I’ll admit, I went into Bury Me expecting it to be overtly harrowing, but I found something far more effective. There are reasons for this beyond what, I imagine, was an effort to humanise the scenes we see on the news, and to provide a kinder counterpoint to the insidious efforts of certain public figures to make us think of invaders and parasites.
One is that Nour doesn’t set out on her journey thinking of herself as a refugee. She thinks of herself as simply someone moving to another, less dangerous and less demolished country, with the right to get there, careful planning of her itinerary and the education to be a valuable resident once she arrives.
To start with, it’s a matter of the taxi turning up on time, catching the right flight, having remembered to pack her phone charger. The trip – ostensibly to Germany – is a decision they’ve made before the game, so we’re spared handwringing or exposition about the details and instead just given the situation. Nour needs to catch her flight, Majd is missing her already, but they’re going to see each other real soon, right?
They are not, obviously. Bury Me arrives in different places depending on which replies you choose to send to Nour, but the throughline is that things go wrong, Nour hits obstacle after obstacle, winds up in all manner of different places in all manner of different, sometimes darker, circumstances, and the pair’s earlier naivety that this was simply a matter of making connections and flashing a passport are rapidly and steadily demolished.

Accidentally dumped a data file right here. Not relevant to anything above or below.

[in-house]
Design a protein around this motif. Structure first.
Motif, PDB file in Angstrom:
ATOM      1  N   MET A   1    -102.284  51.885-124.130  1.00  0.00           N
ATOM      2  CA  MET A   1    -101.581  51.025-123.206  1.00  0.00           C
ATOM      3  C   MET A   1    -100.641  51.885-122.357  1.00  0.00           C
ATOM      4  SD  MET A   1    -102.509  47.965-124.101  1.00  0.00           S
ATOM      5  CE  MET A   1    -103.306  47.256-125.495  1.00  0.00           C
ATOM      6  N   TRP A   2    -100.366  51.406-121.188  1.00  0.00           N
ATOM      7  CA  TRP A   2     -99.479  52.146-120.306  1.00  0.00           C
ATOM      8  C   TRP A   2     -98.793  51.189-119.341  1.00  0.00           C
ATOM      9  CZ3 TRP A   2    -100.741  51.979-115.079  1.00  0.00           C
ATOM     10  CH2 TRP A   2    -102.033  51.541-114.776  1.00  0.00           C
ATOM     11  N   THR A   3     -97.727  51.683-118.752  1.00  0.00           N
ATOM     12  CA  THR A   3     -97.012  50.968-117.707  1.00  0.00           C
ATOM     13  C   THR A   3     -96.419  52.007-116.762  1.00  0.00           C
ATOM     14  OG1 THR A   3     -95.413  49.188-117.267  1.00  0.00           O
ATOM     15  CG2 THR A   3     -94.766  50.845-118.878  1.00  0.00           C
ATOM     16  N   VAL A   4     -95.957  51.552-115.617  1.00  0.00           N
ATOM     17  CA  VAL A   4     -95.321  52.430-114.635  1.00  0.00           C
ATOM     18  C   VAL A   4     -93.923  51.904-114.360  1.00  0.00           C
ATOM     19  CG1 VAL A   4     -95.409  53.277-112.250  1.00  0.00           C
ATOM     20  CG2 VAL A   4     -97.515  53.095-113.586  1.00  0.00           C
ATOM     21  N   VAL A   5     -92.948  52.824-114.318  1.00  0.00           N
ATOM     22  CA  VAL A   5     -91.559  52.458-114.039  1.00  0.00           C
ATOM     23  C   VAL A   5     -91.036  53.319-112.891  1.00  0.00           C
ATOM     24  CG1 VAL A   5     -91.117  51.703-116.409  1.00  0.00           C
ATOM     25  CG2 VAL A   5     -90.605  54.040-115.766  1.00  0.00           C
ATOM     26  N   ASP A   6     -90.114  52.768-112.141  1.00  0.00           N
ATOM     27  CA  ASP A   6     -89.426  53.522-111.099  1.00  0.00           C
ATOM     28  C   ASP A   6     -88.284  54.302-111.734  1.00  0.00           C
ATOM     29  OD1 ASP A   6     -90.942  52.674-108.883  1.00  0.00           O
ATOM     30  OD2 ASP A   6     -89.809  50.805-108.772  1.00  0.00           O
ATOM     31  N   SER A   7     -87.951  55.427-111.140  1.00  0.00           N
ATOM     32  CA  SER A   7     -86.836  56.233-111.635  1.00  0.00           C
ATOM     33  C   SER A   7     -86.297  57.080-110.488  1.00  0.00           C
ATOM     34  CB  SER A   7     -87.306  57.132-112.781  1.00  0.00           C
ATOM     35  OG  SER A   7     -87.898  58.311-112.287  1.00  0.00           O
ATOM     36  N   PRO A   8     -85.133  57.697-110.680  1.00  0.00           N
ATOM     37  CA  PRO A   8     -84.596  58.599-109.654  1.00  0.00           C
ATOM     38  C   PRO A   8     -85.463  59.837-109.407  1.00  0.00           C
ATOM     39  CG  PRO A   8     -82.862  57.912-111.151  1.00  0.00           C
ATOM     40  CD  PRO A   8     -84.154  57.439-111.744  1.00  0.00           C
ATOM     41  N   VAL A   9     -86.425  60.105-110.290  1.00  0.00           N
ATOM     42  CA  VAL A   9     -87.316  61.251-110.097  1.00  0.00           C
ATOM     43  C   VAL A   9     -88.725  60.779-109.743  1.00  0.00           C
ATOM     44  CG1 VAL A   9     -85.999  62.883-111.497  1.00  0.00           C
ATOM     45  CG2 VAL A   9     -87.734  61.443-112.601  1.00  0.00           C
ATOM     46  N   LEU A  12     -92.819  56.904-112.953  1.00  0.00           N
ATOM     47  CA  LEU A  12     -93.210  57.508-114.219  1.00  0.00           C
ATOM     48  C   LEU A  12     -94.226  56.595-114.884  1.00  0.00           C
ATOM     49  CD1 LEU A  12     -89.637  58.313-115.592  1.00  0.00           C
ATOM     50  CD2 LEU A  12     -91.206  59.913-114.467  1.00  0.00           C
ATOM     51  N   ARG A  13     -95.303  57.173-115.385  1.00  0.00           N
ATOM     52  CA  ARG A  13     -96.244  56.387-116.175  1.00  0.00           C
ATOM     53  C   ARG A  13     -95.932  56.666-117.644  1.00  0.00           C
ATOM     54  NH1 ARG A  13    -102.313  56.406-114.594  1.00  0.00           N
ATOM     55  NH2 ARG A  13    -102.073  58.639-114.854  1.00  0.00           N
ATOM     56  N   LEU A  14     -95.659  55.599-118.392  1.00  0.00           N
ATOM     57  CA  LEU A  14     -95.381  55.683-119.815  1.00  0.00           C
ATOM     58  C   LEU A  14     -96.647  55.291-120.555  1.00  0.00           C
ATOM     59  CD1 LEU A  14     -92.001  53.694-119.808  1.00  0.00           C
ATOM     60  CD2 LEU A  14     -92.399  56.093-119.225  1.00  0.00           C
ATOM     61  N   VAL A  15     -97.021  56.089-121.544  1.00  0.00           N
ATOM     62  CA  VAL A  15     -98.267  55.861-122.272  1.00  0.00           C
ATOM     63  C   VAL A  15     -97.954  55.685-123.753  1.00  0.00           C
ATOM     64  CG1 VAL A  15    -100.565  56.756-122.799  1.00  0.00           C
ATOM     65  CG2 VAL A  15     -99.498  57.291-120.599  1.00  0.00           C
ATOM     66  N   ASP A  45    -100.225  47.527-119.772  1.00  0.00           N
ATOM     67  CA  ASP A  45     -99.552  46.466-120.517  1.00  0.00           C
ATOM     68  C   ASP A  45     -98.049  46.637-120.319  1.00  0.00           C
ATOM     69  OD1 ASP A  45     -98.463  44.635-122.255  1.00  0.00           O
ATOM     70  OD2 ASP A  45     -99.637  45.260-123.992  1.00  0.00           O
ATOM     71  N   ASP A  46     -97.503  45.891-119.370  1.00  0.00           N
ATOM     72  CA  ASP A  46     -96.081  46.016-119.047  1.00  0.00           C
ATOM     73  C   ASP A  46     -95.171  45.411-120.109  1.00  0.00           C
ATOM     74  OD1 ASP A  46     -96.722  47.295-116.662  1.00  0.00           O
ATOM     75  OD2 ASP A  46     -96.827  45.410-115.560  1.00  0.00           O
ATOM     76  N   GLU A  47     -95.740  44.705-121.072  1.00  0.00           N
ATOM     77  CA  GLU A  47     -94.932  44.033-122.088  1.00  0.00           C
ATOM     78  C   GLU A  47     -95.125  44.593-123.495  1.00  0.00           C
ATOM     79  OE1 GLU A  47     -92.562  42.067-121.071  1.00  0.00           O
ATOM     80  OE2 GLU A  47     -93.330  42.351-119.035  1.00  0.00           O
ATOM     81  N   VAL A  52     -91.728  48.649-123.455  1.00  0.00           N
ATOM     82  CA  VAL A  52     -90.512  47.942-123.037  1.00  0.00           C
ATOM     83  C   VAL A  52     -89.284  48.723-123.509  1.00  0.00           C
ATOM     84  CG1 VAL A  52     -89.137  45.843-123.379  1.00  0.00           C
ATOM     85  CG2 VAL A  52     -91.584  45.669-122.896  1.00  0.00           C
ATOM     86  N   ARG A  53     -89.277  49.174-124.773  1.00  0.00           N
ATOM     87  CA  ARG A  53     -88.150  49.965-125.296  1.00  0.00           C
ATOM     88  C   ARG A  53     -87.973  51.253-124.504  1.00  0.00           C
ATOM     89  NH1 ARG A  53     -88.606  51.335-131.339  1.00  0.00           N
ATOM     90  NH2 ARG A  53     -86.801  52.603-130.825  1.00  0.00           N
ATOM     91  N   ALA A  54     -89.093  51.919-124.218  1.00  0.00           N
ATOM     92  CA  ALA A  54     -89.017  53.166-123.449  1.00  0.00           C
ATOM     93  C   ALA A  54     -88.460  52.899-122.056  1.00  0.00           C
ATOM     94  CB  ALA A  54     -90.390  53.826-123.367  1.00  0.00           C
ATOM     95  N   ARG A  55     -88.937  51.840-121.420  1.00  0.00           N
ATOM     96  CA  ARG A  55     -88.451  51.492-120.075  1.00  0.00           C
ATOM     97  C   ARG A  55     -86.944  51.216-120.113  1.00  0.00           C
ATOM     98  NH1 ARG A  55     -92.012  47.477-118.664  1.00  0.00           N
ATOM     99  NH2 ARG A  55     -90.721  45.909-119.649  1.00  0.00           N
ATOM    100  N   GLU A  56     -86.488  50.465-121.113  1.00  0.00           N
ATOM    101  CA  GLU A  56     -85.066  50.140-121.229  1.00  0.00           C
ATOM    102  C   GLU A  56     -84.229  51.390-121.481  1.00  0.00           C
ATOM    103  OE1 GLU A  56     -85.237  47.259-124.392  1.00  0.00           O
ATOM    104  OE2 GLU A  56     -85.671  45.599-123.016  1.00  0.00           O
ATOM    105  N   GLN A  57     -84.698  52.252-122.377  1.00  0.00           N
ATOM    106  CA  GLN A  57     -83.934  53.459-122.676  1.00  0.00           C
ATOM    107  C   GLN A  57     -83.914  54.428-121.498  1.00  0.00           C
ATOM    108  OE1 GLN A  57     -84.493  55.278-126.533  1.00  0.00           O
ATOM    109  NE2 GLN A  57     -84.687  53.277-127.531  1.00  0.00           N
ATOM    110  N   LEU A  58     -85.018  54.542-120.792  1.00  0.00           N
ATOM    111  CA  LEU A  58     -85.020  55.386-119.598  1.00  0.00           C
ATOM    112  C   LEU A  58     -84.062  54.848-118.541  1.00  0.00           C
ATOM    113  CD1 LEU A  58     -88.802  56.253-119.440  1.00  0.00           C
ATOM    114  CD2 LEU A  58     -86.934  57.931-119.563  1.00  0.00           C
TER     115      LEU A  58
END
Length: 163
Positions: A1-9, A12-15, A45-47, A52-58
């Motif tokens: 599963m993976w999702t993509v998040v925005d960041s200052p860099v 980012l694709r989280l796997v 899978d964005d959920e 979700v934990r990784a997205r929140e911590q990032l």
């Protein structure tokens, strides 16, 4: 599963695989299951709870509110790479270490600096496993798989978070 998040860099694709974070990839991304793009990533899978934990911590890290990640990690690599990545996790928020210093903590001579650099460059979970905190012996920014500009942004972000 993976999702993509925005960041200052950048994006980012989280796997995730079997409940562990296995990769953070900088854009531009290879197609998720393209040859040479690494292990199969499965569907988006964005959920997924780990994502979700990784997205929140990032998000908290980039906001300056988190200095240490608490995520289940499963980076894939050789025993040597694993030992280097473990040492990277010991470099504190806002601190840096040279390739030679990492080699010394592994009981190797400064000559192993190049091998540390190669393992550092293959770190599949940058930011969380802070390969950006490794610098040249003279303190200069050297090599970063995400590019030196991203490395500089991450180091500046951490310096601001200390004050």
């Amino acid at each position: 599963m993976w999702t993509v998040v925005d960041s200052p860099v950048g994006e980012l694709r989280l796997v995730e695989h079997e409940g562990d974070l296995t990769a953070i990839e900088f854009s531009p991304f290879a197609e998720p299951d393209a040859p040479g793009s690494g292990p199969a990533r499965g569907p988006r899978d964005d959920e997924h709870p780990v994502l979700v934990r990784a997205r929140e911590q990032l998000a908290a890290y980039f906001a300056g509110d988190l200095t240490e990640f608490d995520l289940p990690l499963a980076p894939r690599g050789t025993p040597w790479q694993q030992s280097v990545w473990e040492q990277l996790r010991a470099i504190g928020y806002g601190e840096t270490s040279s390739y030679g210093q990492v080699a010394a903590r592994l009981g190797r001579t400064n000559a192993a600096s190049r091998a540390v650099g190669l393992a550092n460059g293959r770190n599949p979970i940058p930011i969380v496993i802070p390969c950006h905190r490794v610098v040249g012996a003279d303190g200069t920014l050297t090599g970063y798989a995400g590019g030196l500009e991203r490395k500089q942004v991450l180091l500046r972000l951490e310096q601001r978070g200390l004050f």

Another reason this is so effective is that Nour and Majd are not depicted as criminal masterminds. That is to say, they are not, somehow, experienced refugees who know all the tricks and exploits of crossing borders they’re not supposed to, as certain places with certain agendas seek to make us believe of desperate people fleeing warzones. They are just normal people trying to figure out what to do next, when things keep going South, when Nour is yet again in a place where she knows no-one, doesn’t speak the language, has almost no money left, may or may not be illegal, when the plane’s full or the bridge is closed or the van didn’t turn up.
This is where the format, a messaging app, really comes into its own. You, as Majd, don’t get a clear impression or understanding of wherever Nour’s fetched up and what she should do next, but instead you get her hastily-texted take on it, her reaction to it. A combination of emotional gut reaction and practical instinct (get away from here, enjoy this reprieve, follow that lead, take that risk) which somehow builds a sense of place, or at least of dilemma, more than I think a longer-winded format would have done.
These moments of arrival into or attempted exit from a new place are where most of the decisions focus. Nour doesn’t want to be told what to do, but she does want your perspective on things, or remote research on places and situations. Sometimes she’ll do what you advise, sometimes she’ll decide against it, sometimes she’ll aggressively push back against didactic statements from someone who is not facing the same frightening situation she is.